COP21’s opening act and Queen Elizabeth’s closer Prince Charles was presented with the François Rabelais prize by the Institut de France for his devotion to organic farming.
“In a microbe-free, progressive and genetically engineered future,” the king in waiting told an audience of France’s most prominent scientists, “what hope is there for the old-fashioned Fourme d’Ambert, the malformed Gruyere de Comte or the odorous Pont L’Eveque?”
The Prince did not mention that cheese bacterias have been massaged and modified by cheesemakers and scientists for hundreds of years. Humans began getting weird with cheese bacterias thousands of years before Christ.
“The distinctiveness of local cuisine is one of the most important ways we identify with the places and regions we love,” the Prince went on, adding that “a very important part of the whole magnificent edifice of European civilization rests on the inherited genius and craftsmanship of the people who make such distinguished concoctions” as cheese.
Prince Charles, who has been waiting to hear back about his next job for 67 years, lobbied the European Community in 1992 over their strict regulations regarding raw milk cheeses, likening the pervading strictures to “an uncontrollable bacteria.” Provisions were eventually made to reflect and protect regional techniques.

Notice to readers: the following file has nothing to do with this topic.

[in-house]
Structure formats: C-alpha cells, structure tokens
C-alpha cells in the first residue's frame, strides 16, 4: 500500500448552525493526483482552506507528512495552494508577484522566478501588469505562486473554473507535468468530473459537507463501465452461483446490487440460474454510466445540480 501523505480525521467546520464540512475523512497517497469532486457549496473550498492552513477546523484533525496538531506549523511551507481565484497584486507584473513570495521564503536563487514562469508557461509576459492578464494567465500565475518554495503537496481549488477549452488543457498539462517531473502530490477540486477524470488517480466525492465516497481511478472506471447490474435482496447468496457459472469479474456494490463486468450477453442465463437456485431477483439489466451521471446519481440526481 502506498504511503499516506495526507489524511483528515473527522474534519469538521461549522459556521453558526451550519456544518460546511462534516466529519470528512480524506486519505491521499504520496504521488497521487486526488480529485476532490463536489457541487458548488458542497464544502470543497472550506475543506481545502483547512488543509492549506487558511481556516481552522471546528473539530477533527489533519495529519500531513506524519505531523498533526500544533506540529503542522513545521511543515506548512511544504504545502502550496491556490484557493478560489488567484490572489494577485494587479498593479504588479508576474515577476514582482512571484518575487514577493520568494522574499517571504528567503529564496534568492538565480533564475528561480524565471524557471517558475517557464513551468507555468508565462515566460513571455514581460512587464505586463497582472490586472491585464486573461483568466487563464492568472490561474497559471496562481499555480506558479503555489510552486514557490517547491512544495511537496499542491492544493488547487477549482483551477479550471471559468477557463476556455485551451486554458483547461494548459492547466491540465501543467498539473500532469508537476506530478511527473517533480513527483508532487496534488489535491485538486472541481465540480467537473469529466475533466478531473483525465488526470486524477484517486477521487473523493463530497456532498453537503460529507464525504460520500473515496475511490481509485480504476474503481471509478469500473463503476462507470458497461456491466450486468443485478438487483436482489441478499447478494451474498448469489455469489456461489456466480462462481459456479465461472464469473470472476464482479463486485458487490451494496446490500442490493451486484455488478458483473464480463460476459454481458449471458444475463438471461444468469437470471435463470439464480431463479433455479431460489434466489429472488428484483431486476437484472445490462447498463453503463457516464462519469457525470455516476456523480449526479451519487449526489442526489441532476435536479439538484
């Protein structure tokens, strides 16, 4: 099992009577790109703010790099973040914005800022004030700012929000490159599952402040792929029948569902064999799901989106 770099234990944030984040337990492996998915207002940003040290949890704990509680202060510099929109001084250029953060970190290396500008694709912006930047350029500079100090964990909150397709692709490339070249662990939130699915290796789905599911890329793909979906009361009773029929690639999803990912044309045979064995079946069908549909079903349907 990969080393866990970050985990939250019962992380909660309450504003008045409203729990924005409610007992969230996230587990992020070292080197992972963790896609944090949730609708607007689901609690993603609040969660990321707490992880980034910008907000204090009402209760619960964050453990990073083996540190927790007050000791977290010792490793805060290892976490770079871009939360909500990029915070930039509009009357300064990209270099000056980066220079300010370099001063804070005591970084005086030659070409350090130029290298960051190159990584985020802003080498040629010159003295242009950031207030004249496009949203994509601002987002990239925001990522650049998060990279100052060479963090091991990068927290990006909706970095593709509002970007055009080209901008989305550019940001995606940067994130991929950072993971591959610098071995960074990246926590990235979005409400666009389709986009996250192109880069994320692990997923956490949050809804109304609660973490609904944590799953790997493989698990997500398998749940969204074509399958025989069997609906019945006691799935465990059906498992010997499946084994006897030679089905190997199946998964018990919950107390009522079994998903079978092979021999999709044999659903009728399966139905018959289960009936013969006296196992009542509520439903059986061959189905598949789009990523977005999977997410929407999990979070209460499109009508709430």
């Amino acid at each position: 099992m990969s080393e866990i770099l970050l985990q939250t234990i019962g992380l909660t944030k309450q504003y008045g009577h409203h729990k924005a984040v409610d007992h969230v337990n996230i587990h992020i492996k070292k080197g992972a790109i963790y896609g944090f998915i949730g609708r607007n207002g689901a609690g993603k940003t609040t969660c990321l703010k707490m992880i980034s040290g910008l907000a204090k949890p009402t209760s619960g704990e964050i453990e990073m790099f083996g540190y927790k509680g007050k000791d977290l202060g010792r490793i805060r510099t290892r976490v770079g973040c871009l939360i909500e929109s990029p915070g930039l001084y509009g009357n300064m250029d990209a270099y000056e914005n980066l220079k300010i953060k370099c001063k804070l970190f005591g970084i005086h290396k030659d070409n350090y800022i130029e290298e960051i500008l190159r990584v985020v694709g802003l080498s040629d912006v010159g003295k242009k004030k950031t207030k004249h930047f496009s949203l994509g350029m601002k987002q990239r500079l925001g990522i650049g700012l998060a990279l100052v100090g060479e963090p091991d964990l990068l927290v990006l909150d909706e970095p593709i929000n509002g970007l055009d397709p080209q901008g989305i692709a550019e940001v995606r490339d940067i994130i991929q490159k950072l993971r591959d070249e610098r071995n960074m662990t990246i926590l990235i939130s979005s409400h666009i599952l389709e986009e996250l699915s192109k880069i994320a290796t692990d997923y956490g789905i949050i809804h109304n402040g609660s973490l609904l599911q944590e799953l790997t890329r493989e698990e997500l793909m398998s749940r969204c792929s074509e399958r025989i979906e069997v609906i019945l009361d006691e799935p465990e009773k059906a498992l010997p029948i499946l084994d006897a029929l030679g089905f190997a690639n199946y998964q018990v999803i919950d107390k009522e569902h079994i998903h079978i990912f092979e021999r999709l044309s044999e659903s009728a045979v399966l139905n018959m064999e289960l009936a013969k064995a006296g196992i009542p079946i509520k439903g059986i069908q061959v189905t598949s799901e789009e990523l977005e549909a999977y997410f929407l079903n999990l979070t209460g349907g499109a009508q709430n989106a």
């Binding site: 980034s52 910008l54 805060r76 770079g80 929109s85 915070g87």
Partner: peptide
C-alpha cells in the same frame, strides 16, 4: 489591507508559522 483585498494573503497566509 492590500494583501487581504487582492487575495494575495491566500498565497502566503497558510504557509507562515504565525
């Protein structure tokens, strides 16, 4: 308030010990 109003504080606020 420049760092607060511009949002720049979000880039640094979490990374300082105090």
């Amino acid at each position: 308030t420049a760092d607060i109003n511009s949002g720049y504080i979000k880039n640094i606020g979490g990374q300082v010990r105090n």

It should be noted that, chemically, all farming is “organic,” as it involves carbon-based compounds; “organic farming” refers specifically to a slippery slope of “natural” techniques that include restrictions on the use of “genetically modified organisms.” It should also be noted that “genetically modified” refers, colloquially, to organisms modified using modern biotechnology, and does not include plants and animals mankind has been modifying using classical genetic engineering since the Paleolithic Age.
Prince Charles himself is the result of centuries of genetic modification through selective breeding; it is unknown whether he considers himself to be less “organic” than his grandchildren.